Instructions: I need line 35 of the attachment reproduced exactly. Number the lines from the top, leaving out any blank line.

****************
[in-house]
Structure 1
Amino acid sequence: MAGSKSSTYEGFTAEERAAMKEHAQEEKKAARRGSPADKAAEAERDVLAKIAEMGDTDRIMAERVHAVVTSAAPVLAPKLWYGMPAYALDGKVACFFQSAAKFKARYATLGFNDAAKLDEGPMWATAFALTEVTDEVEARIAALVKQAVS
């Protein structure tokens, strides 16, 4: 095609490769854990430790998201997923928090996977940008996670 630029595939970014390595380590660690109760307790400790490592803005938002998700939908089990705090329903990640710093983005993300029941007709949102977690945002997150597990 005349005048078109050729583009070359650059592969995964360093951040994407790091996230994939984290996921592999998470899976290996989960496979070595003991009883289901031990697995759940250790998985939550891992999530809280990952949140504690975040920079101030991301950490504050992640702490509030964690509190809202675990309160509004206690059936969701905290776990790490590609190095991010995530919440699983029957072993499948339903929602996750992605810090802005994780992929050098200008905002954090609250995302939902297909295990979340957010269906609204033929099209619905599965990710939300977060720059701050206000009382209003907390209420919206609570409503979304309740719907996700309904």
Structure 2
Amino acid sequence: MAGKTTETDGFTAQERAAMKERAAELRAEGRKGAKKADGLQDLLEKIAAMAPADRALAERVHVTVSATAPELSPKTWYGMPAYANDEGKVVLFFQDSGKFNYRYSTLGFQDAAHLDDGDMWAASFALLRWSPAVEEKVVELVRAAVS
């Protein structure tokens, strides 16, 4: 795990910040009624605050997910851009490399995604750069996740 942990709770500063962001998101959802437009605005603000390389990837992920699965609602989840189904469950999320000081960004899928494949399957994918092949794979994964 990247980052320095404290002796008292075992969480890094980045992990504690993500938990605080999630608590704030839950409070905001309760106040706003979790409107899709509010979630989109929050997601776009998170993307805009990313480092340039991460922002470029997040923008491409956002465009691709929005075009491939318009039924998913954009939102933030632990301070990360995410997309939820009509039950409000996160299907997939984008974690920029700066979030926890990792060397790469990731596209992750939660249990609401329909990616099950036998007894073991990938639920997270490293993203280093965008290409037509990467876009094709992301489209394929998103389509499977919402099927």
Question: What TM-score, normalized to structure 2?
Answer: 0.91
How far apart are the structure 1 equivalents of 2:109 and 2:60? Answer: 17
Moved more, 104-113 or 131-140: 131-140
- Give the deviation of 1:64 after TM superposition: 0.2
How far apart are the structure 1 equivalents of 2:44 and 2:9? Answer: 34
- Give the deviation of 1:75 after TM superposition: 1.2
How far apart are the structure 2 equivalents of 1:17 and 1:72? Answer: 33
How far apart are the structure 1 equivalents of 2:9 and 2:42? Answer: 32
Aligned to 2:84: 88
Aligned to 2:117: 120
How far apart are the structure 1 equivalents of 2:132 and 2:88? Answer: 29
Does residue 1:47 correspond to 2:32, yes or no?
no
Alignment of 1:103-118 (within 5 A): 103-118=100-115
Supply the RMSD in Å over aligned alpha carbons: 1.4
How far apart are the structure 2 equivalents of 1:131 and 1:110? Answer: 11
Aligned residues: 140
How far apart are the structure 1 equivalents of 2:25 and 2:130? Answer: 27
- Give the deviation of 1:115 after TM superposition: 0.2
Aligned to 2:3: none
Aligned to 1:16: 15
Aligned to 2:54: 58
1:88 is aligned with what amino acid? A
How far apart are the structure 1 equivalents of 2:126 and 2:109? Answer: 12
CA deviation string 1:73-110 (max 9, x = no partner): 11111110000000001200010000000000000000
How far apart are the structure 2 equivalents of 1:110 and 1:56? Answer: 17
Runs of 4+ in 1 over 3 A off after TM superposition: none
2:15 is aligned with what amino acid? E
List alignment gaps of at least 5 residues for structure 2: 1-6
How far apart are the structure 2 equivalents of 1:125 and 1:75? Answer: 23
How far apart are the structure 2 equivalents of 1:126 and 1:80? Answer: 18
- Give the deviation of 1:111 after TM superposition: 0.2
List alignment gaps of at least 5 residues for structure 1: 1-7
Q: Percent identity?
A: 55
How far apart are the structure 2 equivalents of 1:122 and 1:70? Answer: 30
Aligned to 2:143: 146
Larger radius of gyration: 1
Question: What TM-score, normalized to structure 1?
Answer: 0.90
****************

Runs of 4+ in 1 over 3 A off after TM superposition: none